If you read part one of this blog, you’ve learned by now that soil is much more than just dirt. It provides plants with the vital nutrients and environmental conditions they need to thrive. However, not all soil is the same, and the well-being of your particular plants relies on using the right type. Let’s discuss the other three types of soil and what you can do to nurture a better growing environment for your landscape and garden.
1. Loamy: Good Drainage, Moderate Nutrients
Loamy soil is a mixture of silt, sand, and clay. It has a very fine texture, which creates a combination of good drainage and moisture retention. While it holds nutrients fairly well, its drainage properties can wash away nutrients before plants have an opportunity to absorb them. As such, it’s important to add compost often to replace the lost nutrients. Loamy soil also tends to be acidic, so plants that are tolerant to these conditions – such as climbing plants, root crops, berries, and vegetables – perform well in this soil.
2. Chalky: Great Drainage, Poor Nutrients
Chalky soil has larger grains compared to other types of soil and has a stony feel to it. It’s typically used to overlay bedrock since it has such high drainage. It’s also alkaline – meaning it has a pH above 7 – which tends to stunt plant growth and give leaves a yellowish hue. You can add organic fertilizers and balance the pH to make the soil more habitable, in which case you can grow plants such as cabbage, sweet corn, beets, and lilacs.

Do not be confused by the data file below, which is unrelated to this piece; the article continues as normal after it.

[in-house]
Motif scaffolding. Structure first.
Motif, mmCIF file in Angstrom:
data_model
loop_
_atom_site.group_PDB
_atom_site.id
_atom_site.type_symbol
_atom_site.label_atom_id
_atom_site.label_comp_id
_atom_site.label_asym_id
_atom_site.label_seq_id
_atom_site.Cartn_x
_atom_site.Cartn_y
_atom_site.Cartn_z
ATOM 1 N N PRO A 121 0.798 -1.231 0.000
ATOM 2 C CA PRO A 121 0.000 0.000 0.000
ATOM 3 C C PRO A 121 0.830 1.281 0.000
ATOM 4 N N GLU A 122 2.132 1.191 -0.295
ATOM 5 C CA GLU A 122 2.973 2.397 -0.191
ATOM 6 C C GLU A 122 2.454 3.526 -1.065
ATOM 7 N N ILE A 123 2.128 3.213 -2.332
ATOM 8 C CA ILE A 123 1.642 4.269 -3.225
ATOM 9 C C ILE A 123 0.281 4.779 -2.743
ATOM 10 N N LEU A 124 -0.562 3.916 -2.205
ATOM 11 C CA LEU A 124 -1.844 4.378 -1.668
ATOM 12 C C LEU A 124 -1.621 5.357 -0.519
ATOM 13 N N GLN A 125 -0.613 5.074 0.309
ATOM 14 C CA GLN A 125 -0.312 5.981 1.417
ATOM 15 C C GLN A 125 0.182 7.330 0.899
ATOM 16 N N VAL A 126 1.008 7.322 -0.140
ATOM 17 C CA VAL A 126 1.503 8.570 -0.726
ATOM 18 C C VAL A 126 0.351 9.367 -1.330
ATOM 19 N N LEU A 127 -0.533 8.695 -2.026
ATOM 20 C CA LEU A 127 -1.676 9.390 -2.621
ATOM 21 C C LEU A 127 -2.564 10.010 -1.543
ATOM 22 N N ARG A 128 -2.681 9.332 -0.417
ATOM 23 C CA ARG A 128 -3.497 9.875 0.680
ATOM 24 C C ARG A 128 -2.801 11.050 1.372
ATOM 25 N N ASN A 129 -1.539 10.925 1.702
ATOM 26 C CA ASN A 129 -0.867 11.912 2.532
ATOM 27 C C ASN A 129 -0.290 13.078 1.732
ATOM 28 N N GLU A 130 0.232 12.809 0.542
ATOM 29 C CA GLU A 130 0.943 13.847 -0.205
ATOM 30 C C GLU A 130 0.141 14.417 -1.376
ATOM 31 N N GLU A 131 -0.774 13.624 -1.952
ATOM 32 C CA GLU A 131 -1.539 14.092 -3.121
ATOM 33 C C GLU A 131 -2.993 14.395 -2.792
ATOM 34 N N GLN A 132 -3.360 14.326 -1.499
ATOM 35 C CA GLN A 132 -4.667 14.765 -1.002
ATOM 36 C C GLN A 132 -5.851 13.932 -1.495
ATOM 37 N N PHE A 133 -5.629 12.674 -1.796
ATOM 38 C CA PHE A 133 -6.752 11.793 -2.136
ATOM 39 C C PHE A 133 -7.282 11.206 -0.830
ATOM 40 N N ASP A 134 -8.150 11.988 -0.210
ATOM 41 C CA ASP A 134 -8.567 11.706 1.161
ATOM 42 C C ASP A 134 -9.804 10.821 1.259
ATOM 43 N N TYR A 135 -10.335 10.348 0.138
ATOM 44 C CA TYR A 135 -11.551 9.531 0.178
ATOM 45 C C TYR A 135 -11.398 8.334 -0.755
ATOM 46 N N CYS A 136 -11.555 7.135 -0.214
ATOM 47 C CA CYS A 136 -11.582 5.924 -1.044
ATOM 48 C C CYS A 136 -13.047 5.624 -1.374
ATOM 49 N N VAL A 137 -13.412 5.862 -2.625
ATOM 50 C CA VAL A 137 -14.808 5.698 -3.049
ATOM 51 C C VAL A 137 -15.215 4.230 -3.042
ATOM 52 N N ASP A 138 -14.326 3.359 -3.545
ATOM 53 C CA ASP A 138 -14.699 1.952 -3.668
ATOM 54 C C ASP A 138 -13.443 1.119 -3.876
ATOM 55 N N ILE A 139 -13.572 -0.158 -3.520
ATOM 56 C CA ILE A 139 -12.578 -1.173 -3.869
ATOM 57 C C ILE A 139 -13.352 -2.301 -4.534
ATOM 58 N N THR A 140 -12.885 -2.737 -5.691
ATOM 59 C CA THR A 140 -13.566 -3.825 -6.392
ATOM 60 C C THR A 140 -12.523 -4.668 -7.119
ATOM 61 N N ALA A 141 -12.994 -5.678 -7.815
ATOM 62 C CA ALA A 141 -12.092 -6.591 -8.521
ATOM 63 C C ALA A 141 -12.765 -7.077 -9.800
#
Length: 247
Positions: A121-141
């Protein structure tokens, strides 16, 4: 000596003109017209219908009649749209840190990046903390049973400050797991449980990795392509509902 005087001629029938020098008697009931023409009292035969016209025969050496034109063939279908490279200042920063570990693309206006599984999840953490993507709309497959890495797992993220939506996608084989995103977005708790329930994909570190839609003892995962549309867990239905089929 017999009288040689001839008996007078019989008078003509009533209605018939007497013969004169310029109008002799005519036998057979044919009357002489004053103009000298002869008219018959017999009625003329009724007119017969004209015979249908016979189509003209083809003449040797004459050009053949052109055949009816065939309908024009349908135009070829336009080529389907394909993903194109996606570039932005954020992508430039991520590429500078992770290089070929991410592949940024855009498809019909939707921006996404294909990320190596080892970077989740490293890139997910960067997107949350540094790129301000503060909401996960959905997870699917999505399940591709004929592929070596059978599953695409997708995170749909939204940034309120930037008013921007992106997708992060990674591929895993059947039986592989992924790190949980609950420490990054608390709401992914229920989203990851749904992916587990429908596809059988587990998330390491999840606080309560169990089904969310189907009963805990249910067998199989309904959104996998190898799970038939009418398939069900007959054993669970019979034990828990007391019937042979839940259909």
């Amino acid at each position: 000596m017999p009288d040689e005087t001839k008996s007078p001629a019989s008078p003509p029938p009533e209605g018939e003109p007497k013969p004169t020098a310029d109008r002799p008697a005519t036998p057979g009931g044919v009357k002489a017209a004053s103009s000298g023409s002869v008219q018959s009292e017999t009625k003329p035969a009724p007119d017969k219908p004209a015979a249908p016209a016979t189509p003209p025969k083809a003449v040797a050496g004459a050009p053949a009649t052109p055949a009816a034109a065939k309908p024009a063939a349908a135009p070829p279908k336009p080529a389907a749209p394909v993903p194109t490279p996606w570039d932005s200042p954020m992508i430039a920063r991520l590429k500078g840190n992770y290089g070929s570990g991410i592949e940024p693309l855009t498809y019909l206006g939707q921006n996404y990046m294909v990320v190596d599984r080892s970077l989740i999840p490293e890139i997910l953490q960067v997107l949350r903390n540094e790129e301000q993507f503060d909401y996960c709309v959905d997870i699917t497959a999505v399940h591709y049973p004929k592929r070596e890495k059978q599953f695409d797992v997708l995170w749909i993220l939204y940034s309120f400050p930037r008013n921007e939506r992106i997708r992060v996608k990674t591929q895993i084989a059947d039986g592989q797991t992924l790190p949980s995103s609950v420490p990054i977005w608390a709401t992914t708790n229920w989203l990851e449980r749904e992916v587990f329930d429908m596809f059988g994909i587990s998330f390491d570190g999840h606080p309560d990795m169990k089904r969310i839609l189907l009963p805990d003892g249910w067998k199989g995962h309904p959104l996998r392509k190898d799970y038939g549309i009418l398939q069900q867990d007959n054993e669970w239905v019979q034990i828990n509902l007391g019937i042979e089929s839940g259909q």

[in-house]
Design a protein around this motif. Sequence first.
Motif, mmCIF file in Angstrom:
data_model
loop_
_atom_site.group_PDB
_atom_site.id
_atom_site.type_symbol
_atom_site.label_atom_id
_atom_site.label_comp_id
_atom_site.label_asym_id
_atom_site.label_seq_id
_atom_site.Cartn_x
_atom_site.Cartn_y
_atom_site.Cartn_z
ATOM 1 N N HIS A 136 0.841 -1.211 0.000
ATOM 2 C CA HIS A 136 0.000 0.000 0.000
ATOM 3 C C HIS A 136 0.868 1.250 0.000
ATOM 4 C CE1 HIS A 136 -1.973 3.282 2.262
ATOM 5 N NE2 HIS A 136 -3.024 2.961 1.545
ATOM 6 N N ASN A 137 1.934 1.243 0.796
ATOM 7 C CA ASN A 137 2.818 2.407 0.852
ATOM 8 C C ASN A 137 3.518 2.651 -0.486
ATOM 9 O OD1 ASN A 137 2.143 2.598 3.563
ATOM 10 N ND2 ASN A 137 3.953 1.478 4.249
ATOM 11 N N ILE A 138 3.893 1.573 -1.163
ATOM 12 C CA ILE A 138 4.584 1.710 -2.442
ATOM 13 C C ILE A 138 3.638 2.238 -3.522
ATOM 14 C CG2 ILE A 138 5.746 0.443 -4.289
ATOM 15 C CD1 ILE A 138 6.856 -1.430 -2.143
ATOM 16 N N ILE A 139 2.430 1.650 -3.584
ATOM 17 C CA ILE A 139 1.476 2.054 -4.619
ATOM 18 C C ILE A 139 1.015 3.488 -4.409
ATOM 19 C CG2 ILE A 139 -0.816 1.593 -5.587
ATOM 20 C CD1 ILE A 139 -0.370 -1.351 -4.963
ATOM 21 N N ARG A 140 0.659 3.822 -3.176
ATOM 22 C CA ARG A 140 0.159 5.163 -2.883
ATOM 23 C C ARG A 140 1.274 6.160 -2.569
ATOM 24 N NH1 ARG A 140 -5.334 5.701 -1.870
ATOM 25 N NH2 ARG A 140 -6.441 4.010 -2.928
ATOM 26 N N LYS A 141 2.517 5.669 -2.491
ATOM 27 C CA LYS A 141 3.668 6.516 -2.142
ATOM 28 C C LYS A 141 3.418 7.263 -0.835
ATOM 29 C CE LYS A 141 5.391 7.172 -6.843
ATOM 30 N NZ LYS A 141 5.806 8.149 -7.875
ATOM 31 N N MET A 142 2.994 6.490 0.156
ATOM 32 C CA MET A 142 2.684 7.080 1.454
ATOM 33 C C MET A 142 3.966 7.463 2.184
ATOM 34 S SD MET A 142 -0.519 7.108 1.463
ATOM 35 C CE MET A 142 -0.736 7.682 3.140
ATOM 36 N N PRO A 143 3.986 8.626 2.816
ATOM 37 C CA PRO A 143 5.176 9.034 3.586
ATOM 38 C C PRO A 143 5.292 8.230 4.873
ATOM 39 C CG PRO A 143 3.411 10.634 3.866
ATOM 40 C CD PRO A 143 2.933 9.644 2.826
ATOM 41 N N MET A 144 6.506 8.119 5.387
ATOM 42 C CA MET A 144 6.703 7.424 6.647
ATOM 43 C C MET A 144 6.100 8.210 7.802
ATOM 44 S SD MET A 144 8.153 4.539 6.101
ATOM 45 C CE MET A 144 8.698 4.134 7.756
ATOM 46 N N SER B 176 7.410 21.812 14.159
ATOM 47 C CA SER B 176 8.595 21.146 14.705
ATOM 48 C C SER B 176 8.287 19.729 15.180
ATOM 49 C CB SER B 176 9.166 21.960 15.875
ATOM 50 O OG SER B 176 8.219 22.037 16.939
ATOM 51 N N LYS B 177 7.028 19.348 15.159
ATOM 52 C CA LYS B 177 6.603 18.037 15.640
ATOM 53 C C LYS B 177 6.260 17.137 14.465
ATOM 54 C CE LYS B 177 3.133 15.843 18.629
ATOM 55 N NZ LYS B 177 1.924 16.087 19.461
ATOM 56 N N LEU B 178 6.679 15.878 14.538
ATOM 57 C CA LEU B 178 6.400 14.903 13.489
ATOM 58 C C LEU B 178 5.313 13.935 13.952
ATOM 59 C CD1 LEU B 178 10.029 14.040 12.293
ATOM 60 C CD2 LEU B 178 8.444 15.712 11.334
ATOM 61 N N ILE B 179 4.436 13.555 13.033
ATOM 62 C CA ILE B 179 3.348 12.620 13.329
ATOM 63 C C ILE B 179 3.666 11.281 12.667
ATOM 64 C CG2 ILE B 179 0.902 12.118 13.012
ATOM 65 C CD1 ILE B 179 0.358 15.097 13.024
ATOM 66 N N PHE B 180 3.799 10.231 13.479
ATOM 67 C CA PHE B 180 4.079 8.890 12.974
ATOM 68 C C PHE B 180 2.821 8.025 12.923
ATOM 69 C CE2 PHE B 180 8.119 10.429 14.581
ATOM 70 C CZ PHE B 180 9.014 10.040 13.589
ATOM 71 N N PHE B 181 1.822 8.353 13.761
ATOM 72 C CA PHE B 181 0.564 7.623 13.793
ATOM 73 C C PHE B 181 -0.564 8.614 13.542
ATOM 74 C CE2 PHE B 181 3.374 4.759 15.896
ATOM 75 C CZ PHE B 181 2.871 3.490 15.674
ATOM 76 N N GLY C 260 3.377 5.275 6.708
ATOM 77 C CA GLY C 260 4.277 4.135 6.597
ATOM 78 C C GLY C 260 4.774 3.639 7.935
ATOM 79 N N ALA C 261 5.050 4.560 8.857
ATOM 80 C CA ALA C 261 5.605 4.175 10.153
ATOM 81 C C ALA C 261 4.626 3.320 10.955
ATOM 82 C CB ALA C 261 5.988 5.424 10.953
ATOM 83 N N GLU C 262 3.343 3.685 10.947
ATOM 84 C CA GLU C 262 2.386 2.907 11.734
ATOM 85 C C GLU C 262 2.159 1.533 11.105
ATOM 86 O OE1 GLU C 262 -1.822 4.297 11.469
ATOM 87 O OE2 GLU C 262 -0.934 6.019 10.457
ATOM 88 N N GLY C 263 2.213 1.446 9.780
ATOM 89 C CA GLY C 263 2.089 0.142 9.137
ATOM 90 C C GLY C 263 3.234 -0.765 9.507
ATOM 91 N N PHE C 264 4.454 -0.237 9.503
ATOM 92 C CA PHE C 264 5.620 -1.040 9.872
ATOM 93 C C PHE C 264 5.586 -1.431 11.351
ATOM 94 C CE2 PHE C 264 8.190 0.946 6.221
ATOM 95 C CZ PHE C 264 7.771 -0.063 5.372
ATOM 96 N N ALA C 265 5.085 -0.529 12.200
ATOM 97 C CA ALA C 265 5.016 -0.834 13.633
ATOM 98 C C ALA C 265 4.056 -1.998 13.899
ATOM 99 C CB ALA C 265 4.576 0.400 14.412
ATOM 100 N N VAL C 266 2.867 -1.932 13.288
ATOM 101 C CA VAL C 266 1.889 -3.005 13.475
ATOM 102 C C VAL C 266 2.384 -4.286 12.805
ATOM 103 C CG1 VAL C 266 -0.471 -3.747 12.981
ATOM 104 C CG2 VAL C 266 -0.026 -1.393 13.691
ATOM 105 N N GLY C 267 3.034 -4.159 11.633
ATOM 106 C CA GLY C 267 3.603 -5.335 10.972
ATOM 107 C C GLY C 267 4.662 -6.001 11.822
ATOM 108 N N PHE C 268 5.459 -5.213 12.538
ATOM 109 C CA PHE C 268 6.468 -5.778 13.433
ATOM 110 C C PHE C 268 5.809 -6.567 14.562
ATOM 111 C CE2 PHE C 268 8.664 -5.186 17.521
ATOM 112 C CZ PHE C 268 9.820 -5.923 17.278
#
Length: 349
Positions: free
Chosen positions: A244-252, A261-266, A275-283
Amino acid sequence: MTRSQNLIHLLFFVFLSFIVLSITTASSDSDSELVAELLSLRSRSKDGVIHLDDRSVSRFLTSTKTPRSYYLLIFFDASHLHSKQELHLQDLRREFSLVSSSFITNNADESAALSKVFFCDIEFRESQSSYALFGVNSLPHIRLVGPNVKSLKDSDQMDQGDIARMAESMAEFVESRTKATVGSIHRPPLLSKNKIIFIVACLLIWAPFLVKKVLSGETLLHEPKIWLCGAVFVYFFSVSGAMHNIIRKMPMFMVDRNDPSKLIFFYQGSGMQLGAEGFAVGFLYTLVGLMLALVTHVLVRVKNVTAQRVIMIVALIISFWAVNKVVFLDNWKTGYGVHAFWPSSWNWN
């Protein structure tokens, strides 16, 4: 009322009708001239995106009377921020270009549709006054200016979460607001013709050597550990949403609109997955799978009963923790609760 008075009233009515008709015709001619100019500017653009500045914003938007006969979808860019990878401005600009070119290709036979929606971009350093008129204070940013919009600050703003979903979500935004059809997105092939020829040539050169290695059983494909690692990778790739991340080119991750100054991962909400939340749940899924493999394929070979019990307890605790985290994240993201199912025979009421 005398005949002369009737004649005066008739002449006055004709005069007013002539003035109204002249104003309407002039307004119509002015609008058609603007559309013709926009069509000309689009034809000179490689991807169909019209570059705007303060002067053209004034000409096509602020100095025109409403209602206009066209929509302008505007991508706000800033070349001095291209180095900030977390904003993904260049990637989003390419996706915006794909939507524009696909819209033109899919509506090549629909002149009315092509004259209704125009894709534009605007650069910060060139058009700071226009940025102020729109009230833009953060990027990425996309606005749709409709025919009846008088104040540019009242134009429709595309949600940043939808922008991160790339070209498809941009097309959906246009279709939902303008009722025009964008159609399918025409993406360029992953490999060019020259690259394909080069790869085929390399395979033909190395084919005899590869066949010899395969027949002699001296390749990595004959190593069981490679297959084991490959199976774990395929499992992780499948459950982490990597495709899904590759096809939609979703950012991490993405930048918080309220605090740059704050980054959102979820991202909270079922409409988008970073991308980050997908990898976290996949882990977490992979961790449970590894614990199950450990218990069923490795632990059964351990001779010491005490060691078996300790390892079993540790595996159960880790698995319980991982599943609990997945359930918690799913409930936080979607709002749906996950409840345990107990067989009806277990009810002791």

3. Peaty: Poor Drainage, Moderate Nutrients
Peat has a dark color and has a spongy consistency when wet. It has a similar texture to peat moss if you’ve ever purchased that at a store. Like loam, it’s acidic, which can result in fewer nutrients. While it can heat up quickly during the spring and summer, it has great water retention. However, it’s a dense soil which can lead to drainage issues. It’s best that you dig drainage channels when using this soil. Root crops, lantern tress, and salad greens grow well in peat, and to improve plant growth, you can reduce the acidic nature of the soil by mixing in lime.
Now that you know about these three other types of soil, you can provide the best habitat for your plants. However, amending these soils – whether by leveling the pH balance or mixing in nutrients – is hard work. At Dolan Landscaping, we have the right equipment for the job. We’ll commit to perfecting your landscape maintenance and improving your property’s aesthetic. For help with your landscape, contact us today.